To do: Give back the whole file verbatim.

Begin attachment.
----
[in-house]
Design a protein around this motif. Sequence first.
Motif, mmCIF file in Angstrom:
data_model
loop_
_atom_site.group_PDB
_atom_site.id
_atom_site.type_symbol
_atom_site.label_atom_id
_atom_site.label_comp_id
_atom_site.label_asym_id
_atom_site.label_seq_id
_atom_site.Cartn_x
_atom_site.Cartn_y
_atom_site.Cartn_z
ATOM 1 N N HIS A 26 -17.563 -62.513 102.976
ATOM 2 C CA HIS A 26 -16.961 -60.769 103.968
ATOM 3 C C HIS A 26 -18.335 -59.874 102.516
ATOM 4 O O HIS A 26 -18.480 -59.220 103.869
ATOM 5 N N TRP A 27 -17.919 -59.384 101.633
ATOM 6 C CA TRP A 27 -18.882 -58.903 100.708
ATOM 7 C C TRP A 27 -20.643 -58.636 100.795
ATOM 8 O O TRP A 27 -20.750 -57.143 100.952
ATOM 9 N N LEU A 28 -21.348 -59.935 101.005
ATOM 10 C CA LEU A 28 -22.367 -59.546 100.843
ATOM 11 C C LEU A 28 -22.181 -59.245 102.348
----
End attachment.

[in-house]
Design a protein around this motif. Sequence first.
Motif, mmCIF file in Angstrom:
data_model
loop_
_atom_site.group_PDB
_atom_site.id
_atom_site.type_symbol
_atom_site.label_atom_id
_atom_site.label_comp_id
_atom_site.label_asym_id
_atom_site.label_seq_id
_atom_site.Cartn_x
_atom_site.Cartn_y
_atom_site.Cartn_z
ATOM 1 N N HIS A 26 -17.563 -62.513 102.976
ATOM 2 C CA HIS A 26 -16.961 -60.769 103.968
ATOM 3 C C HIS A 26 -18.335 -59.874 102.516
ATOM 4 O O HIS A 26 -18.480 -59.220 103.869
ATOM 5 N N TRP A 27 -17.919 -59.384 101.633
ATOM 6 C CA TRP A 27 -18.882 -58.903 100.708
ATOM 7 C C TRP A 27 -20.643 -58.636 100.795
ATOM 8 O O TRP A 27 -20.750 -57.143 100.952
ATOM 9 N N LEU A 28 -21.348 -59.935 101.005
ATOM 10 C CA LEU A 28 -22.367 -59.546 100.843
ATOM 11 C C LEU A 28 -22.181 -59.245 102.348